Last week I had the opportunity to see the ethical side of the speaking industry and the slimy side.
The Ethical Side
The ethical side was hearing Debbie Allen at the Oregon Chapter of National Speakers Association September meeting.
A total class act. Gave great content, made it clear what needed to be done to succeed as a speaker and that you have to work for your success. It was totally worth the 100 mile drive (each way) to see her.
That was on Monday.
The Slimy Side
On Thursday, I went to an event in Portland that was promoted as an event for those wanting to succeed as a speaker on massive stages. In that I love speaking in front of big crowds, I thought I might learn something valuable.
This one, also a 100 mile drive each way, was a total pitch fest from the minute the first presenter began.
I wanted to see what these folks were going to offer to those in attendance. Sadly, I didn’t have to wait long.
I knew they would make offers, but not so soon in the day, because they started pitching so early in the day, within minutes, several people got up and left.
By lunch, at least 10 of 85 left. After lunch, 45 remained. That’s a huge drop in numbers.
What was really sad was the BS they were promising people about “buy our program for $10,000 – $20,000 and you will skyrocket to fame because we put you in a room with celebrities and you can take a picture with these celebrities and you have social proof you are a rock star.”
There was a lot of the, “The people who left are losers. They don’t realize they are the reason they are such failures. Those of you who stayed are the smart ones and you know how to make smart decisions.”
It is appalling that this kind of stuff goes on.
Debbie Allen is the epitome of being a professional and gave massive value to everyone in the room.
This other group was the epitome of slime bags. When they kept saying, “We normally don’t make this kind of offer to other groups so you have to promise to keep it a secret,” I wanted to barf. Literally, it turned my stomach because it was so much snake oil from them, it dripped from their mouths.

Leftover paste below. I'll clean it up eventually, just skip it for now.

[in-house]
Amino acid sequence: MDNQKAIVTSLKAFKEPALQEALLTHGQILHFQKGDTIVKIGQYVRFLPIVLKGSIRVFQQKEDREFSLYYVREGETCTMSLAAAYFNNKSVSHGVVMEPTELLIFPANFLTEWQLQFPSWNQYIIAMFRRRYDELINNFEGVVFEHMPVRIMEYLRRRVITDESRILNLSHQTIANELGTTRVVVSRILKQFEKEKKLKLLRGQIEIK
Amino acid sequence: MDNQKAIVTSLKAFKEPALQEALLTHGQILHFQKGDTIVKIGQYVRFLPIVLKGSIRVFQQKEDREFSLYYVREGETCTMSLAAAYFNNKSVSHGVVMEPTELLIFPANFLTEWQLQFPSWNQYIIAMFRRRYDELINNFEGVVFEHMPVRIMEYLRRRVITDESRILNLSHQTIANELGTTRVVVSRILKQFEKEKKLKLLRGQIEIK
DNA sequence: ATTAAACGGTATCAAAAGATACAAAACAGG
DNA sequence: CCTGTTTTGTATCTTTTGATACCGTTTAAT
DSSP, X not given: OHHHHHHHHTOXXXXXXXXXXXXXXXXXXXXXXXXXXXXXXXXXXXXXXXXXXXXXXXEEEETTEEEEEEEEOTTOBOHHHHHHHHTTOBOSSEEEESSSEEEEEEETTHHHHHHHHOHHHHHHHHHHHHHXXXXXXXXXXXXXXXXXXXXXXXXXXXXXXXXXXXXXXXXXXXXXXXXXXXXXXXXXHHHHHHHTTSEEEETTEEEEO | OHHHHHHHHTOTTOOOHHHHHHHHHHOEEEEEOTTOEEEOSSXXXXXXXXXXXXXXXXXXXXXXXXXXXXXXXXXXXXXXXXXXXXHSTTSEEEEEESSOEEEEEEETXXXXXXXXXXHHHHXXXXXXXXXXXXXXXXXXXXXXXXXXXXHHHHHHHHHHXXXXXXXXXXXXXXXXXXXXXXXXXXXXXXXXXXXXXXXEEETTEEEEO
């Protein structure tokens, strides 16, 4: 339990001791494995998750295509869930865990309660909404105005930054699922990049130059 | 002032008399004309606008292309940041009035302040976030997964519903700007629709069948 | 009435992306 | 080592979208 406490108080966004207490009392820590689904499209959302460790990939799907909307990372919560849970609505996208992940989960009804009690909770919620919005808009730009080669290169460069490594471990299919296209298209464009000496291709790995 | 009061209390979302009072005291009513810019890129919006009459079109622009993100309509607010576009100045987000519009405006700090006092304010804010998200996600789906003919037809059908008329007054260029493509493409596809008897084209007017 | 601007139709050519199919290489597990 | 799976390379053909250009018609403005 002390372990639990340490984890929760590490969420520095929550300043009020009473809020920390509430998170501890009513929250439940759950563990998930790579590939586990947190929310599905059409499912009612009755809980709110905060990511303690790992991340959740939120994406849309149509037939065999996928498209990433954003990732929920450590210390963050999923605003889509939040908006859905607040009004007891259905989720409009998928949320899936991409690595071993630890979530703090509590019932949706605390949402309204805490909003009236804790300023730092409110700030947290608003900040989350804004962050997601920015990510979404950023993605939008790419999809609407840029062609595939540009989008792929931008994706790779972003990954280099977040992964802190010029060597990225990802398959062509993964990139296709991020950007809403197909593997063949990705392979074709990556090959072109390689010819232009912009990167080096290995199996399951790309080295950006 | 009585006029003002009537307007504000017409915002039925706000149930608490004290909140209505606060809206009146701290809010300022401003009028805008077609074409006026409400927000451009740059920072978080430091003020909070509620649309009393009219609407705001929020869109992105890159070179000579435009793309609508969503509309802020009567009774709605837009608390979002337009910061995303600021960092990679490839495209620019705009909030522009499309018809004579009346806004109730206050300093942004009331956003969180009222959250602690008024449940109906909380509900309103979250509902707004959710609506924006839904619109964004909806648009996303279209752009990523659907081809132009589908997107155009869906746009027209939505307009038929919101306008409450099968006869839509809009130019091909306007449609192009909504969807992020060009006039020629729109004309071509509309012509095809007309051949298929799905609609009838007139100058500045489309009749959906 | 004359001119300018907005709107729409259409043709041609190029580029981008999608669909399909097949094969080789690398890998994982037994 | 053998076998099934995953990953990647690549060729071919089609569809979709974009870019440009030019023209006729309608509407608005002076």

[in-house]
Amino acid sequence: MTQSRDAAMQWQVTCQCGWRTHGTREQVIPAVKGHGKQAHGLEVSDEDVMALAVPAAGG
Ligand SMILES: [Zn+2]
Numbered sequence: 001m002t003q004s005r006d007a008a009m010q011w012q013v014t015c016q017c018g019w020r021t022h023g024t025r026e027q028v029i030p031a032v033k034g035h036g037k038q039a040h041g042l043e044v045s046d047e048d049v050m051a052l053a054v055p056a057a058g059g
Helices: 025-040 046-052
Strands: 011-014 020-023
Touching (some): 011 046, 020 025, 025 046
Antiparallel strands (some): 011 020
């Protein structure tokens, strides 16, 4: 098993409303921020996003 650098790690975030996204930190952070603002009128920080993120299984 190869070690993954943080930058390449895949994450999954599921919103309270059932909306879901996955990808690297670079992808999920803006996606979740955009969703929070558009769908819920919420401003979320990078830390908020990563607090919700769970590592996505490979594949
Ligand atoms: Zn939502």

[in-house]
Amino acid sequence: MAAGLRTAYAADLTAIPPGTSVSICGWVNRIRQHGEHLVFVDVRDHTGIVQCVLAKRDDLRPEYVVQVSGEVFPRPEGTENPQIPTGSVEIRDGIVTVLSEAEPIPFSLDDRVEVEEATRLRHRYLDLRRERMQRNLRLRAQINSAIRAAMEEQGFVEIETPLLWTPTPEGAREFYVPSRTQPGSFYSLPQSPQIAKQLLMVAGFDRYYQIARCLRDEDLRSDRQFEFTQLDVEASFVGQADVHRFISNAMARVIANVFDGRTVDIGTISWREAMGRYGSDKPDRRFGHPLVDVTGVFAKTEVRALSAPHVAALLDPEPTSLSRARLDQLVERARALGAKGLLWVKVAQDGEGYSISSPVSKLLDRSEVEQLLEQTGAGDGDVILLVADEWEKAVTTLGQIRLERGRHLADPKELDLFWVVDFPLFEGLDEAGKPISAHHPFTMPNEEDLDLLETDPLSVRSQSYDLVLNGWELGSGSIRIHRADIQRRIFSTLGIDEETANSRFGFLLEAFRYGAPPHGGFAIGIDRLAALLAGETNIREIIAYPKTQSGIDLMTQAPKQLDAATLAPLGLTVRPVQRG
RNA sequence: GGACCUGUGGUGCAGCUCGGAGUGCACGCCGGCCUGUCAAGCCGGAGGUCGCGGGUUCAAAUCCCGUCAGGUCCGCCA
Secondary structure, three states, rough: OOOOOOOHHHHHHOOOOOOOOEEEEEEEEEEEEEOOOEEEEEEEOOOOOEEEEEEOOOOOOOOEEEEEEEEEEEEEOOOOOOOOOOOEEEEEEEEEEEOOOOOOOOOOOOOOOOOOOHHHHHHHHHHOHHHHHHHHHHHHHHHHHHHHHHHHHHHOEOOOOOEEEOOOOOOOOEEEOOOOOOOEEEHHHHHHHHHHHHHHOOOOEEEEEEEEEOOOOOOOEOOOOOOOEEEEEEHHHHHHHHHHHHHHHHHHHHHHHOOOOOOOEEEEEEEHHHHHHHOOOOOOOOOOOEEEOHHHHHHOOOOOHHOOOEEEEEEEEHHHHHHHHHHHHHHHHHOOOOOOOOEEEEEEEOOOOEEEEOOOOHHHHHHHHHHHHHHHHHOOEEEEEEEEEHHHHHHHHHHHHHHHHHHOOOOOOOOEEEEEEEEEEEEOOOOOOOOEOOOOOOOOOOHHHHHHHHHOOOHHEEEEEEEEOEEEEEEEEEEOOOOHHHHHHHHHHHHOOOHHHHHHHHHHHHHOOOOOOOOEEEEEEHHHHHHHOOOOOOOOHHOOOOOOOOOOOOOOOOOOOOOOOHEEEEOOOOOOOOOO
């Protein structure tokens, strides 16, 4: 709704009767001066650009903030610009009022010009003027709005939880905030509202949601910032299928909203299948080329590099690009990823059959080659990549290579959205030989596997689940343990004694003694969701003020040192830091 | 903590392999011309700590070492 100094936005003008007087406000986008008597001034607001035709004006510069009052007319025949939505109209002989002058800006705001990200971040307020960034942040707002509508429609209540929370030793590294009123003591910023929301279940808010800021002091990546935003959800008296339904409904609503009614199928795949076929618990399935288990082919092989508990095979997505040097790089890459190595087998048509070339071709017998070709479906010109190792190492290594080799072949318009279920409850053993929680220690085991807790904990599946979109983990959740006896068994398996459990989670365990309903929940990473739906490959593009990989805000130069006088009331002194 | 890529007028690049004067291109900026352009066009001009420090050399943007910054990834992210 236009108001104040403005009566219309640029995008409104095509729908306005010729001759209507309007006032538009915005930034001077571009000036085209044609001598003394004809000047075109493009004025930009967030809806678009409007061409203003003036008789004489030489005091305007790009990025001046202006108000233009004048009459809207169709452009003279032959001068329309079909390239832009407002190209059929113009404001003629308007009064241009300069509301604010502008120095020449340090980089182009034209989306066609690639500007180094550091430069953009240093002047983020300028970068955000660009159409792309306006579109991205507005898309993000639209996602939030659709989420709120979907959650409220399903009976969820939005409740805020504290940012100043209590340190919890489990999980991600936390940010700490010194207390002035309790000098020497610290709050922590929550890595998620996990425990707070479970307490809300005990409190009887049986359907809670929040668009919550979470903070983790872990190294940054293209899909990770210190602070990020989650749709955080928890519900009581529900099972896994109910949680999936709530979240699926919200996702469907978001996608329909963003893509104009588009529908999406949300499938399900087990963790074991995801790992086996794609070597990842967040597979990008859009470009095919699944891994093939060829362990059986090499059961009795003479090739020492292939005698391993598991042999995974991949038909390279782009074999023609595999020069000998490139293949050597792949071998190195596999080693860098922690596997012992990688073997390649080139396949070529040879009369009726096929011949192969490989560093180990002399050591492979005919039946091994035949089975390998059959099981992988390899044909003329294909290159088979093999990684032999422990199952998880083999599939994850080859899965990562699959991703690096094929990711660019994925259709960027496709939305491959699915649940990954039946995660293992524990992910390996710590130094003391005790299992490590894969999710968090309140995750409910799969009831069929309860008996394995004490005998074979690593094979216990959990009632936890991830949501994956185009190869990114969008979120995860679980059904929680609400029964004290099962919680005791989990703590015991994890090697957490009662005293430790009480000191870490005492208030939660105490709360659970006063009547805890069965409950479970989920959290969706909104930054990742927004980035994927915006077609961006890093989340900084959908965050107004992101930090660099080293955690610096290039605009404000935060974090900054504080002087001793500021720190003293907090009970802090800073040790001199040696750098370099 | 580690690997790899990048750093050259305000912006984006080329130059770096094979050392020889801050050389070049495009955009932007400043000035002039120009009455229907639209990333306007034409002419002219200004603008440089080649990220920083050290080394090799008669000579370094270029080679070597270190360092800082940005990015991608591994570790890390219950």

I have no problem with programs that are $20,000 or more. I’ve invested in a few of those on more than one occasion and received tons of value. But these people were preying on the desperation of quite a few people in attendance. People who had never been on the platform, never spoken to groups of any size, and yet, they made it sound like any one of the people in the room would instantly enjoy success by investing in their program… and having pictures taken with celebrities.
Oh please! It takes more than a picture with Sylvester Stallone to succeed. A lot more.
Again, there’s nothing wrong with high price programs. What I do find wrong is the way these people sold. It was sickening.
Folks, don’t buy the BS that some companies are peddling that all you have to do is pay tens of thousands of dollars to them, get your photo with a few celebrities and you will be successful.
Do it the right way. Do it the ethical way. Put your time in. Invest as needed, but make investments based on a good business decision, not desperation.